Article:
18. Two worthy opponents doing God's work for sure, but on a purely human level, one gave birth to 7 children! Harriet got my vote.

  19. An incredibly tough choice, but I'm glad someone early on raised the issue of the hypothetical house of virgins! I think one of our dear biographers cheated Holly a little by glossing over the loss of his family in his zeal for missionary work. Let's find out what happened and what he had to say about losing his family as he established the Episcopal Church in Haiti!

    1. Quote from Bishop Holly: He comforted me with a sense of His goodness; lifted up the light of His countenance upon me; and gave me peace by bringing to my spiritual apprehension that, as the last surviving apostle of Jesus was "in tribulation and in the kingdom and patience of Jesus Christ," on the forlorn isle of Patmos, so, by His Divine Providence, He had brought this tribulation upon me for a similar end in this isle in the Caribbean Sea.

  20. Ow. I thought that this one would be a no brainer, but bishop holly has a lot to recommend him! In the final analysis however, being the bluestocking that I am, my vote goes to harriet

  21. Another tough one between two worthy candidates. This year's pairings are already excruciating.

  22. Had to vote for Holly because of the struggle for equality within the very institution that should have known better. We know that outside the church there is work to be done but I think it is hard to keep faith when the very body of Christ on earth is blind and yet he did keep faith and we grow because of it.

      1. Perpetua, your story is exactly why I'm voting for Harriet. Her book changed hearts and minds and lives, across this country and around the world, and helped end the sin of slavery in this country and fire the passion for equality. She and Bishop Holly were powerful allies. The Bishop's work is no less remarkable. He brought comfort to so many even amid deep personal loss, and left a wonderful legacy of learning and light.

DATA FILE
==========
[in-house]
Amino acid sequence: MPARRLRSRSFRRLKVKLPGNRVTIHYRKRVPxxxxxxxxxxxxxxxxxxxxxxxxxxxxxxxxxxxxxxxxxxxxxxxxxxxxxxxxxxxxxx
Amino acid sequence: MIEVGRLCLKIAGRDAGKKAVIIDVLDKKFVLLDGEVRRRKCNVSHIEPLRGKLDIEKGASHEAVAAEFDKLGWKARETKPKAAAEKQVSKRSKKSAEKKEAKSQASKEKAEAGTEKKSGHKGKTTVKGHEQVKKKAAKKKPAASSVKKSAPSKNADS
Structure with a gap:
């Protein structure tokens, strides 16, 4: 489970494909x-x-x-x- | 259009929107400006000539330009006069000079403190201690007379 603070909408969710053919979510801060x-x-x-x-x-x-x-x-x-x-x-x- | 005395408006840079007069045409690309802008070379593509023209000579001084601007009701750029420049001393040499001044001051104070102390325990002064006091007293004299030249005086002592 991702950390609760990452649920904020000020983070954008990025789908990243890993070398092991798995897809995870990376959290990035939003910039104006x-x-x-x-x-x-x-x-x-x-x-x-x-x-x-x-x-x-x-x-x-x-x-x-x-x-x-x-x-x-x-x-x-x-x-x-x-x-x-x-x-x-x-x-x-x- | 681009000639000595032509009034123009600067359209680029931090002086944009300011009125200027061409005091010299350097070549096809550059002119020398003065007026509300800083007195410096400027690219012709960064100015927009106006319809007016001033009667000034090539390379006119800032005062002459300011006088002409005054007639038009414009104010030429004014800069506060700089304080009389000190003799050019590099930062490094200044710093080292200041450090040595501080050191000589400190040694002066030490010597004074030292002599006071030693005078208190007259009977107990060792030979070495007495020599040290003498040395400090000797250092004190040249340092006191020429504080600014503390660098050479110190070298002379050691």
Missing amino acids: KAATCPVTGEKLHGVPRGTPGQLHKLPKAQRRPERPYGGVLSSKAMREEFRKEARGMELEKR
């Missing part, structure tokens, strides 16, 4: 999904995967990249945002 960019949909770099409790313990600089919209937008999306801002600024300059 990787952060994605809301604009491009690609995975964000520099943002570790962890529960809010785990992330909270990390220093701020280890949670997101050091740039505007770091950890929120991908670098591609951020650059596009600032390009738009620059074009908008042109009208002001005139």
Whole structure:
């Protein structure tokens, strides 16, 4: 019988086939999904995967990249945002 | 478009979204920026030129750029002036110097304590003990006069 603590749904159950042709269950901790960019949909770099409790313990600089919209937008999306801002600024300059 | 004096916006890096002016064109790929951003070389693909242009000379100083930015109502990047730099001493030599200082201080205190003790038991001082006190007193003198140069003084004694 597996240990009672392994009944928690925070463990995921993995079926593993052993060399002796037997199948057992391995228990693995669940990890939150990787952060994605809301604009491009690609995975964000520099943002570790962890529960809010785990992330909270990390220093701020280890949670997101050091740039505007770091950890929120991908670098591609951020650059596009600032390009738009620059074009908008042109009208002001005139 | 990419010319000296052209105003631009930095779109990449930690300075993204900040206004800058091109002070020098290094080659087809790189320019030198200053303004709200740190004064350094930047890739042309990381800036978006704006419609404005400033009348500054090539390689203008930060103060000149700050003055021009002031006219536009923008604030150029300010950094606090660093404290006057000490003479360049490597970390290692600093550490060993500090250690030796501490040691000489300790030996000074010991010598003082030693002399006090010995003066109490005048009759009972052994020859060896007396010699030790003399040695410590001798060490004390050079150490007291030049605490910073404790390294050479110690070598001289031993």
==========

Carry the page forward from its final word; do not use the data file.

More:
1. Every major Protestant domination in the U.S. suffered a split during the Civil War. And both sides used scripture to justify their views. While many of the splinter groups have reconciled, there are still vestiges of those splits today! What makes anyone think that the church is immune from this kind of thing?

  23. The "Vote" button still doesn't work in the email that is sent out...I have to always (still!) click on the "Comment" button in order to get to a page where I can vote...this didn't happen last Lent!!

    1. I'm having the same problem with the "Vote" button and having to click on the "Comment" button.
      That said, this was a tough choice.

    2. I have that problem, too, but if you go to the very bottom of the page, there is a box that says "Having Trouble Clicking?" If you click on that link, another page appears. It looks like the original one, but it has buttons that let you vote.

    3. You can't vote directly from the email; you need to click on the title to go to the web site.

    4. This is my third year. The "Vote" thing is not a button. So it doesn't work for voting - you have to use either "Comment" or "See all Comments" to get to the Lent Madness website to vote.

  24. Last night I watched "12 years a slave" an agony to watch but good to force us to remember and never forget what slavery was like. That said this match up is agony too. I want to choose them both but since I attend Trinity Episcopal Church in Oshkosh I have to vote for Bishop Holly. But Ms Stowe certainly deserves recognition as well.

  25. I voted for Harriet because I read Uncle Tom's Cabin as a child in northern England and it changed the way I look at the world. Equality became a passion for me from that point on.

  26. As a current resident of West Virginia, after hearing about Ms. Stowe's utter disdain for the poor people of Appalachia (whom she called "poor white trash"), I wouldn't vote for her on a bet. However, I'm very thankful that Bishop Holly is such a worthy recipient of my vote!

      1. I grew up in a very poor part of Appalachia, in north Georgia. When I read your comment, Julie Murdoch, my hackles rose. But thank you, Gretchen, for those links. She puts the term in quotes, as it was commonly used at the time. She writes with compassion for these poor. So said hackles have returned to normal (what are hackles??), and I feel better about Harriet. Which means I'm still wrestling with this one!!